It has to be emphasized that meditation cannot be the only technique used to treat alcoholics. On the other hand, we may conclude that meditation, especially mindfulness meditation can be a very effective supplementary technique in treating alcohol dependence.
The active ingredient of meditative practices is, most certainly the “be here now” principle. Most addicts tend to crave psychoactive substances in a stressful situation when automatic thoughts overwhelm. In these situations, alcoholics begin to question their own self-worth- we all do this, but people with mental health problems cannot relativize the truthfulness of their thoughts.
People with alcohol dependency take their automatic thoughts and conclusions for granted and then succumb to the detrimental behavioral patterns.
To solve the problem, psychologists have developed various techniques aimed at gaining a patient’s control over their desires and developing motivation for long-term abstinence from alcohol.
Meditation from alcoholism is one of the methods of self-help, which gives positive results, especially when applied simultaneously with other psychological techniques.
What is the essence of meditation to quit drinking alcohol
The task of meditation is to focus on one’s own feelings or thoughts, to enter a state of altered consciousness, which in a sense is related to meditation with hypnosis.
In a state of meditation, a person better understands his feelings and emotions, enters into a dialogue with the subconscious, relieves nervous and muscle tension. Thanks to meditation, it is possible to better understand yourself, your true desires and motives of behavior.
Meditation helps to gain control over alcohol addiction and can significantly reduce the craving for alcohol.
Guided meditation to stop drinking
The key problem of alcohol dependence is the psychological craving for alcohol, which causes frequent breakdowns and addiction.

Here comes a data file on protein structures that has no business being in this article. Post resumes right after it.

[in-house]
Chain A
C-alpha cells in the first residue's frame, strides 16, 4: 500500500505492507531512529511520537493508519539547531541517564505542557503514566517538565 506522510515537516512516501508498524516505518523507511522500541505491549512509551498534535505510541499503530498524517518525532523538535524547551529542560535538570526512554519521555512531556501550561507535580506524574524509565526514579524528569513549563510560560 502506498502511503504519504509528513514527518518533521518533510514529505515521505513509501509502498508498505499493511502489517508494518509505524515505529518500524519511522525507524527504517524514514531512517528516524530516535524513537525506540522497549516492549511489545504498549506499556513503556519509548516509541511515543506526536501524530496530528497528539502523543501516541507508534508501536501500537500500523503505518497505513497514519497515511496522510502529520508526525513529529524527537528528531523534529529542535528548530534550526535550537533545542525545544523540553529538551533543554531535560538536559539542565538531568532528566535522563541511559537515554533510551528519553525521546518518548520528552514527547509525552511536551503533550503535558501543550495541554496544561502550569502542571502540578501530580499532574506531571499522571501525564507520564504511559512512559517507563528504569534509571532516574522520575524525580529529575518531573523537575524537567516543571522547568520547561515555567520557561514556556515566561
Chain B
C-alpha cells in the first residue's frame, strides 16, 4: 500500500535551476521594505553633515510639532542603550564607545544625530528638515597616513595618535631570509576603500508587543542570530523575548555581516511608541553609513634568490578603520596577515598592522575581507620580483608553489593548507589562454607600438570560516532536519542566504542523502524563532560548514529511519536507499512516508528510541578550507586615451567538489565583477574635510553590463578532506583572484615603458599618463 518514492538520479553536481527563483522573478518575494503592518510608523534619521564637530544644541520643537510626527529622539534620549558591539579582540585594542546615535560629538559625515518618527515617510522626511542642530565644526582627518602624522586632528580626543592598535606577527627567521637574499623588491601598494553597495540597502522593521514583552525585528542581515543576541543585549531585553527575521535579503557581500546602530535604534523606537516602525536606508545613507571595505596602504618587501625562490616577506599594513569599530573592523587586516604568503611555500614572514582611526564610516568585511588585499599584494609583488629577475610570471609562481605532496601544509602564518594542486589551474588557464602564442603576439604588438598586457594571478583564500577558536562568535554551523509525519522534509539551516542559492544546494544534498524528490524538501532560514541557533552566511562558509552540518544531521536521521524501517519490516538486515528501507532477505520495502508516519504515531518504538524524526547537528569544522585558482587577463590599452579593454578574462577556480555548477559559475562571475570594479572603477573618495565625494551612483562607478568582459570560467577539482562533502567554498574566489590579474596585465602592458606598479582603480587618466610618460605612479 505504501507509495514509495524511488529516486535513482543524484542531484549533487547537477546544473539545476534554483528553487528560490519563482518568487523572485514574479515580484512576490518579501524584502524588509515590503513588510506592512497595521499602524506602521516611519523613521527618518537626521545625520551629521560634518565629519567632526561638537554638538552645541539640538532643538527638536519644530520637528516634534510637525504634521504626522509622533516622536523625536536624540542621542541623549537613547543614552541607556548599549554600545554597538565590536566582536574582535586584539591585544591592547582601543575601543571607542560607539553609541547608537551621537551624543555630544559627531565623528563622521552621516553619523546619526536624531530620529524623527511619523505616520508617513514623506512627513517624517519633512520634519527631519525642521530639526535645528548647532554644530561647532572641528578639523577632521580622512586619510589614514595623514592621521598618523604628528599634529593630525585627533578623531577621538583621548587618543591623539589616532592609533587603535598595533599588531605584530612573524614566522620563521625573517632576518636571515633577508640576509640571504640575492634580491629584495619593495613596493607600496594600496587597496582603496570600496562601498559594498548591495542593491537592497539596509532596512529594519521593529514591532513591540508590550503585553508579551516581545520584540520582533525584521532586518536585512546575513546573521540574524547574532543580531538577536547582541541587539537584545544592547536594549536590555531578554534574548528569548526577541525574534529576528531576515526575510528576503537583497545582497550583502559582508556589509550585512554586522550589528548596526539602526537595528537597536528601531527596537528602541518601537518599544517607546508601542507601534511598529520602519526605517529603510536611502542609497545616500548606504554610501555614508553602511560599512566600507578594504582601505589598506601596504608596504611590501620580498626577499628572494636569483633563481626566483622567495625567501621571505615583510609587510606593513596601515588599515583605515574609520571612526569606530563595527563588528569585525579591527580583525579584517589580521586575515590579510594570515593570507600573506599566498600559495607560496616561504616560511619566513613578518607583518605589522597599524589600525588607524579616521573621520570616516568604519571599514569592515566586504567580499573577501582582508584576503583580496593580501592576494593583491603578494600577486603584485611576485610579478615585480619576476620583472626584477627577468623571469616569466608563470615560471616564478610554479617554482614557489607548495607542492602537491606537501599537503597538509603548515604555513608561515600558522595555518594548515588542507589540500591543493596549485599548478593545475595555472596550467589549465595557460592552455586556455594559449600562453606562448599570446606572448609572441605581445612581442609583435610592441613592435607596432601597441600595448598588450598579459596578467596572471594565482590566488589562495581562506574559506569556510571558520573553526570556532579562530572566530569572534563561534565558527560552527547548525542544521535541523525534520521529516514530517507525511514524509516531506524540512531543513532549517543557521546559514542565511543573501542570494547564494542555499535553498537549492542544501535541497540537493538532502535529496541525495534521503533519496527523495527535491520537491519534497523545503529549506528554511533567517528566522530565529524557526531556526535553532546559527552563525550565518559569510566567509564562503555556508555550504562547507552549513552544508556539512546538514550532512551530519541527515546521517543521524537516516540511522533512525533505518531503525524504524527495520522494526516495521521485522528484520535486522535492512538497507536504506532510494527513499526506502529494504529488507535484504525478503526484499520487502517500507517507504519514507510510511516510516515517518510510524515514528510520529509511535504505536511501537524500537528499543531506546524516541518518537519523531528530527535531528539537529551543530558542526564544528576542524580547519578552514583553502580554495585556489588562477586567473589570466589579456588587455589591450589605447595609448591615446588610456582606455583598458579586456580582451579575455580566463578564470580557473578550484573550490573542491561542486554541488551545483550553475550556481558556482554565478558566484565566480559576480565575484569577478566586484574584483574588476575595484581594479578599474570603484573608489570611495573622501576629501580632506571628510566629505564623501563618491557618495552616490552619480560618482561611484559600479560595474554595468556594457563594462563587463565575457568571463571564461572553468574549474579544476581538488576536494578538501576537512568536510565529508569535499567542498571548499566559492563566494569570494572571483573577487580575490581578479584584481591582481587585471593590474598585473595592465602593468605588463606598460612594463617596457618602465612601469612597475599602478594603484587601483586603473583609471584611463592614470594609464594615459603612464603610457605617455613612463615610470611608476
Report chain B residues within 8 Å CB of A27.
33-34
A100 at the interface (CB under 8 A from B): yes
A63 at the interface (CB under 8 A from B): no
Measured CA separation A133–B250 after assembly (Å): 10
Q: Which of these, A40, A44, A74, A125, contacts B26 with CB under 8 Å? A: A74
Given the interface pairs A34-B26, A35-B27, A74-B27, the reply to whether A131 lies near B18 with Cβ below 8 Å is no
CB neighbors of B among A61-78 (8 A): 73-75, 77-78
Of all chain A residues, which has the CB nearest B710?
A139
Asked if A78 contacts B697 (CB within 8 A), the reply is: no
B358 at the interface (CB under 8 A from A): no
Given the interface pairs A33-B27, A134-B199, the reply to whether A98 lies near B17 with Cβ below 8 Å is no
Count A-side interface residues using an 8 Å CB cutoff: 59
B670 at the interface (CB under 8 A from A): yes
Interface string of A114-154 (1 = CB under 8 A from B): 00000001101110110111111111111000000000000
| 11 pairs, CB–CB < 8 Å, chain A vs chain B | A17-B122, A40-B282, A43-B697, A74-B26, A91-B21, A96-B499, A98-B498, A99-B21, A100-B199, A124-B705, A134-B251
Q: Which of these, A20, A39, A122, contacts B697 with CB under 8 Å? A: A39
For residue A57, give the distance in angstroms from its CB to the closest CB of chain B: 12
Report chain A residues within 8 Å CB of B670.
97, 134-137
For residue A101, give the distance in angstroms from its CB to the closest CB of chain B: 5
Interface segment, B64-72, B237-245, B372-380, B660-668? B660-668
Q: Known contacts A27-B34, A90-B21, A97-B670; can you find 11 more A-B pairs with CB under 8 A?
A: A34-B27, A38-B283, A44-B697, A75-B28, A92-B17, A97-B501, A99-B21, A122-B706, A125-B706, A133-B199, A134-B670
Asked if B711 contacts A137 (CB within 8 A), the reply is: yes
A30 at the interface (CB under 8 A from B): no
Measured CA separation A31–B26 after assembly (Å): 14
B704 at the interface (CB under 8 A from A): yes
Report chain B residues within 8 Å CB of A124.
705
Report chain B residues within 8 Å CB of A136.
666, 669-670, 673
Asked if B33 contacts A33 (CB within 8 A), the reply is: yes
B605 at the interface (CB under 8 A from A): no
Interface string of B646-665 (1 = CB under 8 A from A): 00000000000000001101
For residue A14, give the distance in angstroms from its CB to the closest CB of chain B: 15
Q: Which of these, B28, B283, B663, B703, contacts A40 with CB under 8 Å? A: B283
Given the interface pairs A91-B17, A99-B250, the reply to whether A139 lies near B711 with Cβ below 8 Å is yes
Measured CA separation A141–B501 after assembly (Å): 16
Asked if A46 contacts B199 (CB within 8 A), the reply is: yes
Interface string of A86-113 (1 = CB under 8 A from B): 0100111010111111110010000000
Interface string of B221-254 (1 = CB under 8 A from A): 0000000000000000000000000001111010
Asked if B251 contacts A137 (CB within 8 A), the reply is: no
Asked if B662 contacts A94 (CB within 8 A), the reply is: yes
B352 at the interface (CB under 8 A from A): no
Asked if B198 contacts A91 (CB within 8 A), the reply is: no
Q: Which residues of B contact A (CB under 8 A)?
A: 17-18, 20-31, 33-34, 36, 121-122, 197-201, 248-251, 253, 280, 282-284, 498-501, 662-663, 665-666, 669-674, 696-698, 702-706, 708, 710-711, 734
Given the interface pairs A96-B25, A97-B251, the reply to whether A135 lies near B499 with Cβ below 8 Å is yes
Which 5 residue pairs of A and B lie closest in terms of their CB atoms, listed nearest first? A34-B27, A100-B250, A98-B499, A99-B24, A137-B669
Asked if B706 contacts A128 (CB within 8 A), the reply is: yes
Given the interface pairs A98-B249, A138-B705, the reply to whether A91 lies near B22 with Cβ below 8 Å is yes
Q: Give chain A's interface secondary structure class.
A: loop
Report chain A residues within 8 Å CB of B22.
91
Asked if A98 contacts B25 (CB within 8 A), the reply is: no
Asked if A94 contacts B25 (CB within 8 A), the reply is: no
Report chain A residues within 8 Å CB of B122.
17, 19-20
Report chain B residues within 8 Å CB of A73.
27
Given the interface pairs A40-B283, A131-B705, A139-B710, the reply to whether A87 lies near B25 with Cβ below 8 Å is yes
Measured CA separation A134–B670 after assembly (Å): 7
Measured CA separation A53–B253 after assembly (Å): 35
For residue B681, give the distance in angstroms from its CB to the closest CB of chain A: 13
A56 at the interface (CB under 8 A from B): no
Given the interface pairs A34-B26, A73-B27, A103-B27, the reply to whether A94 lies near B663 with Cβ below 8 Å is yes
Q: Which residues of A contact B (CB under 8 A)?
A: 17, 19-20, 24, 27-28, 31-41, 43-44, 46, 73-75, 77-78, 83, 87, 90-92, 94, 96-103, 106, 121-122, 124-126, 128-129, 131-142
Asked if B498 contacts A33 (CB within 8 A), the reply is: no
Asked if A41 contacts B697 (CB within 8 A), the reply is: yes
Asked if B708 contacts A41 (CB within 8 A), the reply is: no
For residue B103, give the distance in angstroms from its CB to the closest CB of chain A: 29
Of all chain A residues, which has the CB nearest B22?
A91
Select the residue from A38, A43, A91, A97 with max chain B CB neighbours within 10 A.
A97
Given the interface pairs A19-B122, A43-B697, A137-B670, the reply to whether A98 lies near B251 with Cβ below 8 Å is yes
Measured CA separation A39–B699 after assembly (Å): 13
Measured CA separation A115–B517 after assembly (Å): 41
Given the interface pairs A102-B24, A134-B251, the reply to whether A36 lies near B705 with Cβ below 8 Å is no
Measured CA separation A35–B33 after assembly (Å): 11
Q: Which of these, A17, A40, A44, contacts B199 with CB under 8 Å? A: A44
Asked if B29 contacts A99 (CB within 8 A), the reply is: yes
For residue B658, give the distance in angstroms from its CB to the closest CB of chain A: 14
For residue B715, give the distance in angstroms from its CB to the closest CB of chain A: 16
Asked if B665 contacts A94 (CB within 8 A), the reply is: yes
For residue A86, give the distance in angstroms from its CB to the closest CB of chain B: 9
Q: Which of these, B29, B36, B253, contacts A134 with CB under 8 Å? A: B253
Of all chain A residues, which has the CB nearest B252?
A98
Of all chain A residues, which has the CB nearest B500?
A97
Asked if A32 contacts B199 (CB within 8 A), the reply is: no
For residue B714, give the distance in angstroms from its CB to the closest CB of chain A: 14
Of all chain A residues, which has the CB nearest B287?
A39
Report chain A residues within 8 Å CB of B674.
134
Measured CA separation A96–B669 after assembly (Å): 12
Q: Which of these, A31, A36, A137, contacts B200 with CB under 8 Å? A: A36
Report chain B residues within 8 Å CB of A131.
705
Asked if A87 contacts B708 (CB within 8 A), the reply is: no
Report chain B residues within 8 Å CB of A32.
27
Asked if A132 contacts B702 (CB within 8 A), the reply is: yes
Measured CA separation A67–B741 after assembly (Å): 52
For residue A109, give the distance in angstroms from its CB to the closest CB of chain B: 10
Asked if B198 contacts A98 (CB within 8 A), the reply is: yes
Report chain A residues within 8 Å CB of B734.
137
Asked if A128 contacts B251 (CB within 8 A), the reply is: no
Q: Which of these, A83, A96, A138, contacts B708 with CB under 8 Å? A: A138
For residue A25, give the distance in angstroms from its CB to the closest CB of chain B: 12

For meditation, a person can choose any pose convenient for him: lying, sitting, standing. The most famous is the pose with a straight back and legs crossed in front of you. At the same time, the head is inclined to the chest, the eyes are closed, and the arms are turned with palms up and resting on your knees.
It is important to create an appropriate environment: quiet, comfortable. You can turn on relaxing music or have a session in the lap of nature.
Example of meditation to quit alcohol
Time: If you do not have enough willpower to give up drinking, then do this meditation with the involvement of a higher power that will help stop your addiction.
- Sit on a pillow or chair in a meditative space. Light a candle. For five minutes, focus on breathing to calm and clear the mind.
- Visualize the warm light of love around your heart region. Feel the heart soften and open.
- Visualize the higher power that you believe in. Offer her a prayer. Ask her for help on your difficult journey to get rid of alcohol addiction. Pray that your vision will gain the ability to penetrate beyond the material world into the spiritual and Divine planes of our reality. And finally, ask that you be able to constantly feel sorry for yourself during this difficult journey.
- Finish your meditation by imagining that a higher power settles in your heart forever.
During meditation, the task of a person is to free his head from all thoughts, to concentrate on the internal sensations coming from his body. If thoughts arise, it is necessary to concentrate again on the inner sensations. It is permissible to present pleasant pictures during meditation, to “listen” to pleasant music. Gradually, the time of meditation should be increased from 1-2 minutes to 15 or more.
Research On Meditation For Alcohol Addiction
Zgierska and colleagues have conducted a study that sought to test the efficiency of mindfulness meditation in preventing alcohol relapse. Their participants went through an 8-week course revolving around mindfulness meditation.
These are some of the most important aspects of this course: